We all wish to possess good memory, and children, especially, need this gift during exams. But the fact is, and this should be encouraging for teenagers, who are under constant pressure to perform, there is no such thing as being born with good or poor memory. At the most, one can have untrained memory that just needs to be trained. For teens, this memory training can happen by introducing them to specific methods which can sharpen their memory. Also, they should be made aware of the types of memory and the different aids that can be used to improve the process of remembering. These aids can be dropped once the retention of a particular exercise becomes automatic. Some adolescent children may even devise strategies of their own to remember facts and concepts once they become familiar with the basic aids.
Types of memory
The three types of memory are sensory, working or short-term and long-term memory. A brief look at each of them will help you understand memory processing better.
Sensory: The information first goes into your sensory memory, where it is briefly recorded. The colour of a car passing by on a highway, an unusual looking tree, and a picture in a magazine – all these things will be quickly replaced by fresh sensory information if nothing is done with this information in the mind.
Working/short-term memory: If you focus your attention on a specific piece of information such as the colour of a car, it may become a part of your working or short-term memory. Here, it survives longer than in the sensory memory as the information is accessed and used from here.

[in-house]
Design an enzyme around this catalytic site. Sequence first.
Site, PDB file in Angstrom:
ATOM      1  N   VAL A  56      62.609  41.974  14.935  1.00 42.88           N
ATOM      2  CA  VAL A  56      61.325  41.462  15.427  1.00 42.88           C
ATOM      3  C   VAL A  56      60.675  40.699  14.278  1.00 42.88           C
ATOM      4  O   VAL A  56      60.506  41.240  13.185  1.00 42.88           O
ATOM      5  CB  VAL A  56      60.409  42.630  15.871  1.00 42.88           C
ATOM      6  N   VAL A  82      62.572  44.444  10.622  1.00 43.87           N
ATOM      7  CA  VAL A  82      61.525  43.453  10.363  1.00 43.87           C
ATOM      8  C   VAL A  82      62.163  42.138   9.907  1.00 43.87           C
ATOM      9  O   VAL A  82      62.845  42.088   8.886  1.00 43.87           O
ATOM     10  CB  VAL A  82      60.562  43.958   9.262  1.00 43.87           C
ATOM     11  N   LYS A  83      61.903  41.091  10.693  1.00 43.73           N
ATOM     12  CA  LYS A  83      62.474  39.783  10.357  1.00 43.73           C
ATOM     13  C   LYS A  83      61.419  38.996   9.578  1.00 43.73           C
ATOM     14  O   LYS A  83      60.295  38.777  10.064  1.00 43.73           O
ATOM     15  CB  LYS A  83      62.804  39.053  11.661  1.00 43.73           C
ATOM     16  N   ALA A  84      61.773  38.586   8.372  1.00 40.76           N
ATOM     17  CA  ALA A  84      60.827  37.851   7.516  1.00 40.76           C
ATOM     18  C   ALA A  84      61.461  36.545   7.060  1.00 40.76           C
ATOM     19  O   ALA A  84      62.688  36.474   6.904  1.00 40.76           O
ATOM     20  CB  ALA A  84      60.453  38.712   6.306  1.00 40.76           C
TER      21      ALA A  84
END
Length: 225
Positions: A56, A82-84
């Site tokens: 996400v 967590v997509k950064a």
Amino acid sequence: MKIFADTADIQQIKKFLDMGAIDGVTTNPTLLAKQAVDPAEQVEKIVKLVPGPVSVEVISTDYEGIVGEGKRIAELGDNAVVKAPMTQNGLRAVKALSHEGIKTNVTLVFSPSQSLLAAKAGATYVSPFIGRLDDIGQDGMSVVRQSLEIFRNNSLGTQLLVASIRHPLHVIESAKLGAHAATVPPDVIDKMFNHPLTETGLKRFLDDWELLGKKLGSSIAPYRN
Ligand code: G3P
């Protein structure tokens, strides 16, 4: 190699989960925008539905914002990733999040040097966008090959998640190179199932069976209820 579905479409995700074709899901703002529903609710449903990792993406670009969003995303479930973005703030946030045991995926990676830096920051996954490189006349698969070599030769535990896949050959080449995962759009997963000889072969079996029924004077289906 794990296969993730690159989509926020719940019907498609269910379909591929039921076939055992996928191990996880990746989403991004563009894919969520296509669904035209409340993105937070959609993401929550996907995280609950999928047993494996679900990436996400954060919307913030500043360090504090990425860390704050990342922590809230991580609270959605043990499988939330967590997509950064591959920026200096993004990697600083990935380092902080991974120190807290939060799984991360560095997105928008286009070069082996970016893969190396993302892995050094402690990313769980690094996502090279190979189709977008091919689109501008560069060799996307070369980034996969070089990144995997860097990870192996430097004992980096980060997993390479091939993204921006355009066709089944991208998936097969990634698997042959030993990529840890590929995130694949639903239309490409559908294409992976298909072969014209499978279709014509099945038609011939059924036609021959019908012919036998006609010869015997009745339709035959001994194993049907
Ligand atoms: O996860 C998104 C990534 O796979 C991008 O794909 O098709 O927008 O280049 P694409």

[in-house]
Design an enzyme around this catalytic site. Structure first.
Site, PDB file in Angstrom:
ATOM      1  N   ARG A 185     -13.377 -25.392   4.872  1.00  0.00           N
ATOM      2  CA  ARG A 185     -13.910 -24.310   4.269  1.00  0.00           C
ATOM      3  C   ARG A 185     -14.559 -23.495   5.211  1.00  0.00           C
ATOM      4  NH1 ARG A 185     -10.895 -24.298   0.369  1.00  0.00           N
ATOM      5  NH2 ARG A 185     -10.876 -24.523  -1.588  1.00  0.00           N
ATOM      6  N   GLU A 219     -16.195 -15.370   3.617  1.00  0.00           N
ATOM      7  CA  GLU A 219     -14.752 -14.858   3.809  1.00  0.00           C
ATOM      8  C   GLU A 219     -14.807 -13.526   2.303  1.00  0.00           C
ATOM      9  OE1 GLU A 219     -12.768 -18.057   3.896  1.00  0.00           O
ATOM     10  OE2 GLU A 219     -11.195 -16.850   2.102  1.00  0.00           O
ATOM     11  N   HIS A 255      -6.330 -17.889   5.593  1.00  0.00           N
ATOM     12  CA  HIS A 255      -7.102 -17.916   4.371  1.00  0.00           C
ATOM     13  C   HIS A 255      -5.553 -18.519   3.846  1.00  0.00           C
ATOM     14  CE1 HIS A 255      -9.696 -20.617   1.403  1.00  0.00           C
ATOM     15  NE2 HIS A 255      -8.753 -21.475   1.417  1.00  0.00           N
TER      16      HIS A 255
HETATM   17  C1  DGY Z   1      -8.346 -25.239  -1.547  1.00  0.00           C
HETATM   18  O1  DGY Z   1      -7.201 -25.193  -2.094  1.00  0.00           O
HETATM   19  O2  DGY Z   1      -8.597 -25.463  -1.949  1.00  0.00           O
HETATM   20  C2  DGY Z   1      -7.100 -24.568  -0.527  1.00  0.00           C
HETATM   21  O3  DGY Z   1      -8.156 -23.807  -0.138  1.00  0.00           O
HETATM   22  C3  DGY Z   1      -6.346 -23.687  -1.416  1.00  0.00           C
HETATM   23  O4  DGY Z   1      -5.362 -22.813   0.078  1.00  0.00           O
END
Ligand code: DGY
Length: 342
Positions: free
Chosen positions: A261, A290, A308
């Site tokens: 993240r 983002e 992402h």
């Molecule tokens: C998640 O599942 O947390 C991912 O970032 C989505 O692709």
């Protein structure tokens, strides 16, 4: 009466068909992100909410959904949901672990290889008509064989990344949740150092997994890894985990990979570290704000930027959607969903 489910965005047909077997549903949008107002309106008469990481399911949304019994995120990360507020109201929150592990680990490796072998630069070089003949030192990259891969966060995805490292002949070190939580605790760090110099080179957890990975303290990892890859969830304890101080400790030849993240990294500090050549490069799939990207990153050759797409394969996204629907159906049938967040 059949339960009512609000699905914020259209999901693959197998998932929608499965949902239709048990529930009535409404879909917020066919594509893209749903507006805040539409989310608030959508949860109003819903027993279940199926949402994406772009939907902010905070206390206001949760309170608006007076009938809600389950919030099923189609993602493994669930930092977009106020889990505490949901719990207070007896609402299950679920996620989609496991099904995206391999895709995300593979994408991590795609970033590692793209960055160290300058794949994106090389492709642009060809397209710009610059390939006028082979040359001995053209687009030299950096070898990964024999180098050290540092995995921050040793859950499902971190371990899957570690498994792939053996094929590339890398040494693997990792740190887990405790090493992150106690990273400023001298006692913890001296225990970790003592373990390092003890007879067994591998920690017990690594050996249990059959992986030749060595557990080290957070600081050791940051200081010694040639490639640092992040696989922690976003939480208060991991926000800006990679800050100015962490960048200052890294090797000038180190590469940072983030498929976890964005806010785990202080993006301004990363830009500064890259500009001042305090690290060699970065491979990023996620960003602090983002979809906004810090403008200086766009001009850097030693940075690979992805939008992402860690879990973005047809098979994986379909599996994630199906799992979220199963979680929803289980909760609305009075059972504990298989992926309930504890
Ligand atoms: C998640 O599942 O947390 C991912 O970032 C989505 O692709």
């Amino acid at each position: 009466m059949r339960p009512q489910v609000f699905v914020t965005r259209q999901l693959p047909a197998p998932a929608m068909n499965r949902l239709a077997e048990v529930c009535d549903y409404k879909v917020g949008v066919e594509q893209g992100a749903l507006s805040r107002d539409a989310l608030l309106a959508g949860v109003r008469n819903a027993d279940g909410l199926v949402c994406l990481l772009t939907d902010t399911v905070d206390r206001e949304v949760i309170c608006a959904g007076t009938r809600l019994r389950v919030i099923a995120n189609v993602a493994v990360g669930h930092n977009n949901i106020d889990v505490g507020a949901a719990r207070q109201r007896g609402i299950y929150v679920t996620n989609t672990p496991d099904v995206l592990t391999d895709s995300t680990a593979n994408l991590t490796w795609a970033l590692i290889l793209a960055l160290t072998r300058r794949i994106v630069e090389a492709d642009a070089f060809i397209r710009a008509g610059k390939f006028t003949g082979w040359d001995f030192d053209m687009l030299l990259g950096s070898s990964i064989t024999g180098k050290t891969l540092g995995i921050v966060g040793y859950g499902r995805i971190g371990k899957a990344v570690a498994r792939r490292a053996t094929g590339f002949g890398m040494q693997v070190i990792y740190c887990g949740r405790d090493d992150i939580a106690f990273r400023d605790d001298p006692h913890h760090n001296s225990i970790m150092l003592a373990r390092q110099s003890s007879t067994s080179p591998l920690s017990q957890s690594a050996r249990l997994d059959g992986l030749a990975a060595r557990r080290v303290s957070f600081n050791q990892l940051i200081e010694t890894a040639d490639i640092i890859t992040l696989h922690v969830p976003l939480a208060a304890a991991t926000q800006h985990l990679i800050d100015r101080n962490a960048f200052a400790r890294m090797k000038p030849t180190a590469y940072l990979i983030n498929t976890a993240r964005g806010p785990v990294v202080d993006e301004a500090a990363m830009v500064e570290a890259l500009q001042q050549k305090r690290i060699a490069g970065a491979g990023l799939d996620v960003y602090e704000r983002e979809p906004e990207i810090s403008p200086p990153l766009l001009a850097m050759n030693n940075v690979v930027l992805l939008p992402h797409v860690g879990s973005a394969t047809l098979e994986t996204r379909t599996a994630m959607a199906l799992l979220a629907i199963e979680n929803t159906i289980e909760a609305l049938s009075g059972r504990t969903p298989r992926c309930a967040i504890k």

Long-term memory: Long-term memory, on the other hand, is like a safety deposit box in a bank. Once something is in there, it is locked up tight. You can use it whenever necessary. Your child’s face is information permanently stored in your long-term memory.
The key is to try and take lessons learnt from sensory memory to working memory or even into the long-term memory, depending upon the need.
What causes poor memory?
Teenagers may have poor memory because of various reasons. Let us take a look at some of them.
- Distraction: Teens should eliminate distractions when they are presented with information that they need to recall. For example, when they are revising, ensure that the television is switched off.